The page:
ATHENS, Ga. -- Mark Richt believes the spate of knee injuries that struck his team this season were a fluke and nothing more.
Most of the injuries, including that of record-setting quarterback Aaron Murray, occurred while changing direction, which Georgia's coach said is unfortunately common in athletics. If a training program existed to prevent such injuries, Richt said the Bulldogs' strength and conditioning staff would certainly follow its methods.
“If there's some scientific research out there that there's some form of training that would contribute to that, I'm sure that it would have already been written by now,” Richt said on his Sunday evening teleconference. “But it's just unfortunate. It happens. It's a fairly common injury when you're changing direction.
“I think the No. 1 sport for ACL injuries from what I understand is girls soccer -- not really a high-contact sport, but a lot of changing direction, and that happens a lot. So I don't think we're doing anything that we shouldn't be doing. It's just been one of those years where we had a few.”
Murray -- who tore the anterior cruciate ligament in his left knee near the end of a 28-yard run in the second quarter of Saturday's win against Kentucky -- is only the most recent example of a problem that started even before the season began. At least six Bulldogs missed all or part of the season after sustaining ACL injuries within the last year.
Freshmen Tramel Terry and Reggie Wilkerson were the first to suffer such setbacks -- Terry in a non-contact situation while returning the opening kickoff in a 2012 postseason all-star game and Wilkerson during summer workouts.
Receiver Malcolm Mitchell sustained his ACL injury while leaping in the air to celebrate Todd Gurley's 75-yard touchdown run in the first quarter of the opener against Clemson. Five weeks later, receiver Justin Scott-Wesley and tailback Keith Marshall both suffered ACL injuries against Tennessee, with Marshall's occurring as he took an awkward hit and Scott-Wesley's coming when he quickly changed direction to avoid running into a return man while covering a punt.
“You've just got to look at each one of them,” Richt said. “Malcolm jumps up and lands funny, and to have an ACL, that happens. Justin Scott-Wesley's changing direction trying to avoid running into a punt [returner]. Aaron's changing direction and it happens. Keith got hit, obviously, and that added to the way his ended up. So I don't think there's really anything you could do or anything that we've done that would cause that type of thing.”
Richt said Murray injured his knee Saturday when he cut to his right in an attempt to gain more yards at the end of his long run -- not on the play that ultimately knocked him out of the game. Although he was visibly struggling with a physical ailment after the run, Murray completed the possession where he suffered the injury and talked his coaches into letting him stay in for the next drive -- playing 13 total downs on the injured knee -- before a hard hit by Kentucky's Za'Darius Smith was the last straw.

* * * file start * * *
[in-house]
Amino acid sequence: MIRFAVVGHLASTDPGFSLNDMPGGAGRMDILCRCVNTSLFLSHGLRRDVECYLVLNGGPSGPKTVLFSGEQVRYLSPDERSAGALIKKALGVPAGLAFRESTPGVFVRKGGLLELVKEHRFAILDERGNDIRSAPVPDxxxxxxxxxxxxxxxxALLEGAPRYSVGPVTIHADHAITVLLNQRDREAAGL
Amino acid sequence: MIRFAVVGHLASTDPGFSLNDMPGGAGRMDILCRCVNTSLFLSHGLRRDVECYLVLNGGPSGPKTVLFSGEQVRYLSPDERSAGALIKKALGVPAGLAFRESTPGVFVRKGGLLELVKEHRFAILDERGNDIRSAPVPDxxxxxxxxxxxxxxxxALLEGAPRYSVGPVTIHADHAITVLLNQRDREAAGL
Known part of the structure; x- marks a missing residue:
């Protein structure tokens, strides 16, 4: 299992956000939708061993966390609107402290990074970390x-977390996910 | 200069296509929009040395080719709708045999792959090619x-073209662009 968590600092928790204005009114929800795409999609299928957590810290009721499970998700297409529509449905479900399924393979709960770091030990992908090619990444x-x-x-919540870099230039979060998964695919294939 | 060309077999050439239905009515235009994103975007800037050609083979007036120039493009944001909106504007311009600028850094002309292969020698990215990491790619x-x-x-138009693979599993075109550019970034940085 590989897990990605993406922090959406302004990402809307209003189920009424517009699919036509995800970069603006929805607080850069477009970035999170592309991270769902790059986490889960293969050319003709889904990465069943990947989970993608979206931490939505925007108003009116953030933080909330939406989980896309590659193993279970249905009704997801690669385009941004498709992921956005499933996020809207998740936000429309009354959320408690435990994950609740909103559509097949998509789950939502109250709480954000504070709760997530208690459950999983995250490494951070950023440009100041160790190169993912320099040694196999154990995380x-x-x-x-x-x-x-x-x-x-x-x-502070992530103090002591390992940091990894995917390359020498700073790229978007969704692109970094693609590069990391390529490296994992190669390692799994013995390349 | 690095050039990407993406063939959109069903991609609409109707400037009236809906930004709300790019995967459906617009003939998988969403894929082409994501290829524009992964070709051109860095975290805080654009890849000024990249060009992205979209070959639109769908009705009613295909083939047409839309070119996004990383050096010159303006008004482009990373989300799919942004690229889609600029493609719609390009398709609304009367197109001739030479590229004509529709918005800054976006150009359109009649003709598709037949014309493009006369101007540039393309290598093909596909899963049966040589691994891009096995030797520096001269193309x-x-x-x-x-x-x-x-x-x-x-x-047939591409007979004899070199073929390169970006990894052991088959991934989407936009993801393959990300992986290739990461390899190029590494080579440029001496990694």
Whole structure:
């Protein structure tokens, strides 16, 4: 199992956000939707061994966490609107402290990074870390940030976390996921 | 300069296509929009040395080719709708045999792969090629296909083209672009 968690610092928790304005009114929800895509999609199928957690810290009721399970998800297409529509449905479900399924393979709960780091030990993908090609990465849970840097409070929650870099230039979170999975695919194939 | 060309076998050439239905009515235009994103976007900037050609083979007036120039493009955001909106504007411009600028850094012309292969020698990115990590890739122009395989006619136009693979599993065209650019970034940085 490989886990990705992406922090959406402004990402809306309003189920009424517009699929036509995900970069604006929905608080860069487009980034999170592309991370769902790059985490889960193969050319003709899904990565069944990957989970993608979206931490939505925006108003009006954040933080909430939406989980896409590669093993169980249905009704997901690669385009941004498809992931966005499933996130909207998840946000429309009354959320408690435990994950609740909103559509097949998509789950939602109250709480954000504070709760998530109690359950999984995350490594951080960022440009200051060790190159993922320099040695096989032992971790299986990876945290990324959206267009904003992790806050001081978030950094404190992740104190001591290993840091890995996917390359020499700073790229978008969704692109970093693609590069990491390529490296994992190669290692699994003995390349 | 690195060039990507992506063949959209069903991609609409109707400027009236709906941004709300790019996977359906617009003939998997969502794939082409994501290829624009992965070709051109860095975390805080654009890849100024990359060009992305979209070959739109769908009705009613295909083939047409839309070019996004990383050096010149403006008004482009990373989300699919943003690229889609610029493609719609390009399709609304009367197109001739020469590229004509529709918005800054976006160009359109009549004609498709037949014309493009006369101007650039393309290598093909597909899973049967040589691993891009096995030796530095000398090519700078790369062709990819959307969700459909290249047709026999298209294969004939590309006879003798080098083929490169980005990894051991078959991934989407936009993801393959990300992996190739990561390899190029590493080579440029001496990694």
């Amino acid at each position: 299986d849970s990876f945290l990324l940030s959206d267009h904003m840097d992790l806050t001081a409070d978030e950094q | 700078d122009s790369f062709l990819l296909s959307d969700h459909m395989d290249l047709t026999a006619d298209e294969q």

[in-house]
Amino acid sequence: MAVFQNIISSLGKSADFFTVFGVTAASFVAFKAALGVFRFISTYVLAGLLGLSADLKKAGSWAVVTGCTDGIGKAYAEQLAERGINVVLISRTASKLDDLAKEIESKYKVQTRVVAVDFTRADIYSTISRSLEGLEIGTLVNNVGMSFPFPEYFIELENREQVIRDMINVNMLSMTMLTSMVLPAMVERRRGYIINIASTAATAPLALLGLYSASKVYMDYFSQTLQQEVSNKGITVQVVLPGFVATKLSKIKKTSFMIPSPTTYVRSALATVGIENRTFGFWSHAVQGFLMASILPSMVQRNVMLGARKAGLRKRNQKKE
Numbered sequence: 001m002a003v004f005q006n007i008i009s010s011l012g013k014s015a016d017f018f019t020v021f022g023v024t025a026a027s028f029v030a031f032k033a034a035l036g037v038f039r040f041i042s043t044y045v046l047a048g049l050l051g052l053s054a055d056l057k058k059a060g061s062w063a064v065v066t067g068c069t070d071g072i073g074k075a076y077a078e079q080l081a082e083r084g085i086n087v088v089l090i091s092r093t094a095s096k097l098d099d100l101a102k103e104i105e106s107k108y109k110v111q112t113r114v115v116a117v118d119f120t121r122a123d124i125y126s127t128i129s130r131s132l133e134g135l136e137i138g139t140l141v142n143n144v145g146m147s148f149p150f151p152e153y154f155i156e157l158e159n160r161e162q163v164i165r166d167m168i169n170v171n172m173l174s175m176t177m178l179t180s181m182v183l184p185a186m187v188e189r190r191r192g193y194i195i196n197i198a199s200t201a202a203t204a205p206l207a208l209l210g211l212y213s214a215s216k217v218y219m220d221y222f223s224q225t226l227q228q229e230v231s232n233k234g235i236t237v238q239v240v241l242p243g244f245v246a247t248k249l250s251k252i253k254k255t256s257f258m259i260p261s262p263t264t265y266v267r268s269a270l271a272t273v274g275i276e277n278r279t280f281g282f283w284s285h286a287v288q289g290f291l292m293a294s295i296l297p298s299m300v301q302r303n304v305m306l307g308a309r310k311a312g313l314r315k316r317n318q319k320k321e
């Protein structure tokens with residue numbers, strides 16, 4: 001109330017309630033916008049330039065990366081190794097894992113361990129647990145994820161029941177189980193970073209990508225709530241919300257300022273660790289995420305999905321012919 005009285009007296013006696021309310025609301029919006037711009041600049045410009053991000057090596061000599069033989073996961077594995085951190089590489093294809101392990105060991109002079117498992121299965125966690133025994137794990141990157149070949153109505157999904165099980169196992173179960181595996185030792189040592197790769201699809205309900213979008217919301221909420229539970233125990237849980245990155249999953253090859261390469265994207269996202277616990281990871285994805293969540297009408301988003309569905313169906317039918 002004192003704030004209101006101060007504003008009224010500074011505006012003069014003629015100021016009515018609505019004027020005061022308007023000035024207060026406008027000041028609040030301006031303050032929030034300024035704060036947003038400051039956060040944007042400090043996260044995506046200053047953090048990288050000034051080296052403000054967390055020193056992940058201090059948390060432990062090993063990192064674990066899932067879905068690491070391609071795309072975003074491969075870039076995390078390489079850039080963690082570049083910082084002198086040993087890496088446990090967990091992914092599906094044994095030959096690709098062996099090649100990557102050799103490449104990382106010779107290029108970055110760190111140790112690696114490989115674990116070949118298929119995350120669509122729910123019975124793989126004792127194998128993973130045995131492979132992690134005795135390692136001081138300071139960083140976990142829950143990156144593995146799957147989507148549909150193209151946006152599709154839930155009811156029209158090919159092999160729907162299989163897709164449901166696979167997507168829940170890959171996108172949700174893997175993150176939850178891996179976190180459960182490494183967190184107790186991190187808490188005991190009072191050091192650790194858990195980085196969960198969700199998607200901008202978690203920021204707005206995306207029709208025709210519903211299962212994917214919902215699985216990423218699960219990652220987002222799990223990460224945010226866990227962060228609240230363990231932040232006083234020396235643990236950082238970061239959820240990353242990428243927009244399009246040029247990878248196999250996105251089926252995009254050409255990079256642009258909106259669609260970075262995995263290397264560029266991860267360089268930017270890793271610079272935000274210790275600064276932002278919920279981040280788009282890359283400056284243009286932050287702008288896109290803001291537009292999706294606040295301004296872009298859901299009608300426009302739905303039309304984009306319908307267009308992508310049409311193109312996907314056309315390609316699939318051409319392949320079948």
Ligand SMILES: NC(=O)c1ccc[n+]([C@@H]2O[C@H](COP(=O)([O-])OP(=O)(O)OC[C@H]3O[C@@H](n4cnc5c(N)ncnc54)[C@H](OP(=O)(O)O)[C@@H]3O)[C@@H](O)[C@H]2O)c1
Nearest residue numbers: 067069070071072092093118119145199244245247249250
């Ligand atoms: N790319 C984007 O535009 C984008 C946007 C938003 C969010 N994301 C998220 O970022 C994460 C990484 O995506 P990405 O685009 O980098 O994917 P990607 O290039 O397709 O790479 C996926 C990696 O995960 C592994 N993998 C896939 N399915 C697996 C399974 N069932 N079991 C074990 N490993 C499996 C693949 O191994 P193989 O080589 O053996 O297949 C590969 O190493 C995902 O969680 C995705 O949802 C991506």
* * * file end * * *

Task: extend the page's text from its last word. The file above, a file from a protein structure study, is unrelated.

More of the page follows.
“There was something wrong and he knew it and couldn't hide it anymore,” Richt said. “He was trying to hide it from everybody, I think.”
Richt said Murray's staying in the game after sustaining the injury did no additional damage. Murray injured only his ACL, and did so without much swelling around the injured ligament, so he will be able to undergo surgery this week rather than wait at least a week for the swelling to subside.
Murray still has a months-long rehabilitation process ahead, which will prevent him from competing in a postseason all-star game or in the NFL combine, but Richt believes the SEC's all-time leading passer will remain an appealing draft prospect.
“I think he'll get drafted,” Richt said. “ACL injuries, especially if you only have one and you don't have anything extenuating along with it ... there wasn't major damage to his knee, there was just ACL. I may be saying more than I'm supposed to say, but from what I've heard, there's nothing that is connected with it other than that, and those tend to heal very well and rehabs go very well.”
As for the prevalence of the Bulldogs' season-ending knee injuries this fall, Richt said there was a time when such an injury might not have ended a player's season. He used former UGA and NFL receiver Hines Ward, who played his entire college and pro career without an ACL in his left knee -- presumably the result of a childhood accident -- as an example, but there are many others who were able to play more than just 13 downs after sustaining similar injuries.
The goal now for Murray and his other injured teammates is to make good use of their recovery process, and Richt said Murray is “already kind of getting geared up for that challenge.”
“You could play with an ACL torn,” Richt said. “It's just nowadays, you have the imaging now, you have the MRIs, you see what the issue is and you go and make the repair. The repair is usually very successful.”